Came across this while putting a post together. Keep in mind, it’s supposed to be Democratic Senator Claire McCaskill’s job to get this right:
As for whether Democrats risked turning off Mr. Sanders’s legion of youthful supporters by assailing his electability, Senator McCaskill said the party would have no trouble healing.
“Six months ago there was a lot of nervousness about keeping the party united and walking gently because we didn’t want to offend millennials and progressives,” she said. “But I think Ted or Trump are going to take care of our need to be united.”
Whoops (boldface mine):
Donald Trump did not win because of a surge of white support. Indeed he got less white support than Romney got in 2012. Nor did Trump win because he got a surge from other race+gender groups. The exit polls show him doing slightly better with black men, black women, and latino women than Romney did, but basically he just hovered around Romney’s numbers with every race+gender group, doing slightly worse than Romney overall.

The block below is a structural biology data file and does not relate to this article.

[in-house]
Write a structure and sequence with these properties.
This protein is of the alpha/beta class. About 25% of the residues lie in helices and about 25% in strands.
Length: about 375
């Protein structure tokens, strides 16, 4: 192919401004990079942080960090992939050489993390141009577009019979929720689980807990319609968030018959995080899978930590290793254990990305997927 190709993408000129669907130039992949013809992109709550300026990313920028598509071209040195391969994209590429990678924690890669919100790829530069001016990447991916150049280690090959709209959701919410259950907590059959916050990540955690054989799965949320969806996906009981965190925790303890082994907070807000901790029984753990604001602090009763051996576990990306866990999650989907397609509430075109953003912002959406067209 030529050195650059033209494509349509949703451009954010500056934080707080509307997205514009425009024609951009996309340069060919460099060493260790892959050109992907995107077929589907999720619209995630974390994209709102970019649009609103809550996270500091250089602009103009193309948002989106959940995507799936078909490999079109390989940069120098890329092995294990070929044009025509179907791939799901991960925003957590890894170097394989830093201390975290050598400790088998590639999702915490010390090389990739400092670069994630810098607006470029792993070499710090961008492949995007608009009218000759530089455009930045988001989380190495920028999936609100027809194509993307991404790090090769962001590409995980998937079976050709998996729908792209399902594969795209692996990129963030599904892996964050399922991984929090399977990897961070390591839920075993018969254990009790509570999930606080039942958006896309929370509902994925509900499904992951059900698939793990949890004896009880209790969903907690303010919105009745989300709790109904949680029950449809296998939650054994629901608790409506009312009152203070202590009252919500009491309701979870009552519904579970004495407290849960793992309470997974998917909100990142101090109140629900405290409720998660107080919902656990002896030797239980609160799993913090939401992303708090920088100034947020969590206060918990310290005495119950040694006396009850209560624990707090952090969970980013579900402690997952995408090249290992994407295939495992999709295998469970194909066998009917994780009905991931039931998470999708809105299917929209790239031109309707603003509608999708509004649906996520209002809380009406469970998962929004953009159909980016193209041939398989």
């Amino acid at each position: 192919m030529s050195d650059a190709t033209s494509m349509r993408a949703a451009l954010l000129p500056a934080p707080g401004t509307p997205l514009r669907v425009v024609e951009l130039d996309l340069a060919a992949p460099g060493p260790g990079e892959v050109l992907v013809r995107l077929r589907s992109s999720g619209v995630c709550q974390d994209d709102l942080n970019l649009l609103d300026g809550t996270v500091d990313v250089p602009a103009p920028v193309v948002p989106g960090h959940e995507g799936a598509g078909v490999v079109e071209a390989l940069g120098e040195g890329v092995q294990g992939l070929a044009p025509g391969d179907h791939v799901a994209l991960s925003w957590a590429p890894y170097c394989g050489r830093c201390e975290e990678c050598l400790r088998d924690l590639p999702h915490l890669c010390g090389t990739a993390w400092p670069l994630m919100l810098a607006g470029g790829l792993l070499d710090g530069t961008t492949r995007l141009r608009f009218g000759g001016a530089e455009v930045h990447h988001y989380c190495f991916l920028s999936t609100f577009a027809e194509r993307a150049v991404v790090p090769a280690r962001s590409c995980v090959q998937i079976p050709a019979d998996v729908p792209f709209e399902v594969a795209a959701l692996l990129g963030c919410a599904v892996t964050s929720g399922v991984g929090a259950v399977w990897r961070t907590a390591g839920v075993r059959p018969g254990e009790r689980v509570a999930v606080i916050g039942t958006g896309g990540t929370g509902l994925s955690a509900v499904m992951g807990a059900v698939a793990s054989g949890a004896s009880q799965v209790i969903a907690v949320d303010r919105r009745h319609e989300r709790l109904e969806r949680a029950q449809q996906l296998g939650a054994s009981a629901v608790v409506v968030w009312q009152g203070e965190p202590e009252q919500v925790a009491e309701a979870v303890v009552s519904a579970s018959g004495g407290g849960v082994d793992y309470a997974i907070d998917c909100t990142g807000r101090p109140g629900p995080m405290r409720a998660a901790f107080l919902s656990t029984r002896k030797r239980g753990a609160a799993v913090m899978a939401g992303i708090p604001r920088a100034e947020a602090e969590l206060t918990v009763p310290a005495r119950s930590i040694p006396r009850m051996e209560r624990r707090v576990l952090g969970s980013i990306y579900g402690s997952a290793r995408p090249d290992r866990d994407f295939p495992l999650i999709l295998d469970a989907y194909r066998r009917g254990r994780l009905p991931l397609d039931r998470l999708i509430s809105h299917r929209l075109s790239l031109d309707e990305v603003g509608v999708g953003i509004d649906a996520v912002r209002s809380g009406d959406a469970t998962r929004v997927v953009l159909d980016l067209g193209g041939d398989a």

However, support for Hillary was way below Obama’s 2012 levels, with defectors turning to a third party. Clinton did worse with every single race+gender combo except white women, where she improved Obama’s outcome by a single point. Clinton did not lose all this support to Donald. She lost it into the abyss. Voters didn’t like her but they weren’t wooed by Trump.
McCaskill will be fine (it’s good to be a senator!), but the rest of us will have to live with this political malpractice. Assuming people who have been taken for granted–minorities, labor Democrats, and what used to be called liberal Democrats (and these groups can overlap, intersect if you will)–will continue to show up as they always have done, even after a quarter century of aggressively telling them they have nowhere else to go, might not have been the best strategy.
Something to remember when Blue Dogs and New Dems make political prognostications for 2018 and 2020. And, sorry, but we do need to look back to move forward.